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Having ‘the courage to act’ like Martin Luther King Jr.

CSULB honors Martin Luther King Jr. with 18th annual celebration.

Sheila+Sadr%2C+CSULB+Slam+Team+poet%2C+recited+two+spoken+word+poems+to+conclude+the+Dr.+Martin+Luther+King%2C+Jr.+18th+annual+celebration+at+the+University+Student+Union+ballroom+Tuesday.+
Sheila Sadr, CSULB Slam Team poet, recited two spoken word poems to conclude the Dr. Martin Luther King, Jr. 18th annual celebration at the University Student Union ballroom Tuesday.

Sheila Sadr, CSULB Slam Team poet, recited two spoken word poems to conclude the Dr. Martin Luther King, Jr. 18th annual celebration at the University Student Union ballroom Tuesday.

Jade Inglada

Jade Inglada

Sheila Sadr, CSULB Slam Team poet, recited two spoken word poems to conclude the Dr. Martin Luther King, Jr. 18th annual celebration at the University Student Union ballroom Tuesday.

Sol Mendez, Staff Writer

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Cal State Long Beach held its 18th annual Martin Luther King Jr. commemoration this Tuesday in the University Student Union ballroom. The event honored King and his role in the civil rights movement throughout the 1960’s.

This year, the CSULB American Indian Community Drum, led by professor and chair of American Indian Studies Craig Stone, opened the event with a performance.

“Our theme today, our collective commitment today, is the courage to act in this moment of history,” James Sauceda, director of Multicultural Affairs, said. “This is the time for vigorous and positive action.”

Each year, a theme for the celebration is chosen to outline the focus of the event. Last year, the title “Peace and Diversity” emphasized the importance of diversity and justice for all people. The topic this year, “The Courage to Act,” focused on the change that students and the general community  could have on the world.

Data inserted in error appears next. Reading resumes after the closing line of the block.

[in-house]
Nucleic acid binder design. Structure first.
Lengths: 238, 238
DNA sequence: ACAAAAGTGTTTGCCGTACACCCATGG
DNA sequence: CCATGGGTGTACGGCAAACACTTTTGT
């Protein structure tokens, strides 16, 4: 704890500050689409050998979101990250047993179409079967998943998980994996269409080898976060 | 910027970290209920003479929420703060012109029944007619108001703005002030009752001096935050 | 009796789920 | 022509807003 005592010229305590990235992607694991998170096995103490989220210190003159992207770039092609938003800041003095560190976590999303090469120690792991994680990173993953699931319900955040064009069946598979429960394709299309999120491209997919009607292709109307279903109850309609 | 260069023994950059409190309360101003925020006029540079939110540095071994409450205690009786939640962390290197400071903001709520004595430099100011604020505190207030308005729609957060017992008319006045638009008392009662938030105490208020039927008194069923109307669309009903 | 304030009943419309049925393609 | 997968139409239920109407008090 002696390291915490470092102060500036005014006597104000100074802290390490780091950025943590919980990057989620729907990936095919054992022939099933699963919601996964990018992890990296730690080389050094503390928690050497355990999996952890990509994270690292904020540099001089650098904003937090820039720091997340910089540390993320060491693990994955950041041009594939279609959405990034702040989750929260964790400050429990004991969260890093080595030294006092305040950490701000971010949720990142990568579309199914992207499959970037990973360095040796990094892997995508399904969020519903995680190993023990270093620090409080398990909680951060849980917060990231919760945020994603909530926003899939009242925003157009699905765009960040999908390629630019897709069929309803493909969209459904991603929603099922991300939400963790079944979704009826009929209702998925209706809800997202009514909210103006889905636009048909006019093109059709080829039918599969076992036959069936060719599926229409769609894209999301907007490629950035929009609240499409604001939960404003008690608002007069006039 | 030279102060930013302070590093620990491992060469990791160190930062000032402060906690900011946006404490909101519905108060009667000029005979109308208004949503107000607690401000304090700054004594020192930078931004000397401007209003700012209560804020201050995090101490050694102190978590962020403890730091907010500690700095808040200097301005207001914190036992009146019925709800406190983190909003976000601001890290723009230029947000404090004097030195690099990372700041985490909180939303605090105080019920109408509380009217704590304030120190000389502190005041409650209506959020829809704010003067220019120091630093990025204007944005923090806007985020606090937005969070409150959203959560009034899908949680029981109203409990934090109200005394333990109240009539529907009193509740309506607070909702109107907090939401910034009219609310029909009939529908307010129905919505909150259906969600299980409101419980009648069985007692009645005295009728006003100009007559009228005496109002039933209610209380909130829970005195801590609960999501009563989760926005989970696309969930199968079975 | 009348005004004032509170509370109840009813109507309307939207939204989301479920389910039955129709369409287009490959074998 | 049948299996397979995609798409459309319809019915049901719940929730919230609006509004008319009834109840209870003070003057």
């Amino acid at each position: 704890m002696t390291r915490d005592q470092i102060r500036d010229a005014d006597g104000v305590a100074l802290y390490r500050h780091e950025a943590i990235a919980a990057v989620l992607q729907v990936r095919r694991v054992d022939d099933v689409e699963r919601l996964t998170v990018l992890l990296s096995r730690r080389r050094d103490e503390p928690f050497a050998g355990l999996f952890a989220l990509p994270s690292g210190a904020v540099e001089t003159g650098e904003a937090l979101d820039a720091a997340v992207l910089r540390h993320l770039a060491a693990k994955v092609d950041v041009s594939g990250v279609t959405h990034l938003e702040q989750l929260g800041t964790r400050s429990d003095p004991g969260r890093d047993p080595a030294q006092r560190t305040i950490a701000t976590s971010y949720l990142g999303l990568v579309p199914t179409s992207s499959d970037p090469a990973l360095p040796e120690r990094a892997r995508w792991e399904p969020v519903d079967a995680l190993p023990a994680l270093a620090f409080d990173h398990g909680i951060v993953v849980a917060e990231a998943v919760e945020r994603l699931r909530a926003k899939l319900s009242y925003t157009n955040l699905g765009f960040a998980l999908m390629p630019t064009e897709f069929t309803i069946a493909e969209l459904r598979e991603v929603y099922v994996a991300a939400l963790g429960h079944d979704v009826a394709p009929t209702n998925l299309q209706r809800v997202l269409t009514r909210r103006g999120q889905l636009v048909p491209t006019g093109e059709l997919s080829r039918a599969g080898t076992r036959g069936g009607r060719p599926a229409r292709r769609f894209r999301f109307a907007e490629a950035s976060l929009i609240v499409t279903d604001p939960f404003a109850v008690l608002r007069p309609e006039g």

“Not with violence, but with resistance,” Sauceda said. “In order to face and fight injustice.”

The celebration then continued with a few words from Maulana Karenga, chair of Africana Studies. Karenga gave a libation, or the pouring of a drink into a plant for all those like King, who fought for the civil rights of all people. He also expressed his hope that people not forget those who also fought for justice but were never acknowledged in history.

Sauceda explained that King is often said to have expressed that non-violent resistance is “a courageous confrontation of evil by the power of love.”

“America has changed since I was here last year,” said William Smart Jr., a local pastor who gave the keynote address. “I got my start in 1968 at the age of nine. A lot of things happened in 1968. In April of 1968, Dr. Martin Luther King was assassinated. A lot of things were going on.”

He highlighted the value of the life of young people and the importance that their decisions and initiatives on important matters could have. “Somebody has to stand up right now,” he said.

Smart highlighted his faith and continued to encourage the change that he himself attained through his religious beliefs and inspiration from King.

“My life changed again when Martin Luther King’s teachings came into my life,” he said. “… What you gonna be? What you gonna do? Are you gonna have the courage to act today or just sit there and do nothing? I want you to be freedom fighters.”

A final poetry reading was given by CSULB Slam Team Poet Sheila Sadr. In her poem, she touched on the various similarities between the first ever-pixilated picture of earth and the all people in the world, saying, “The image of this pale blue dot is meant to inspire understanding.”

 

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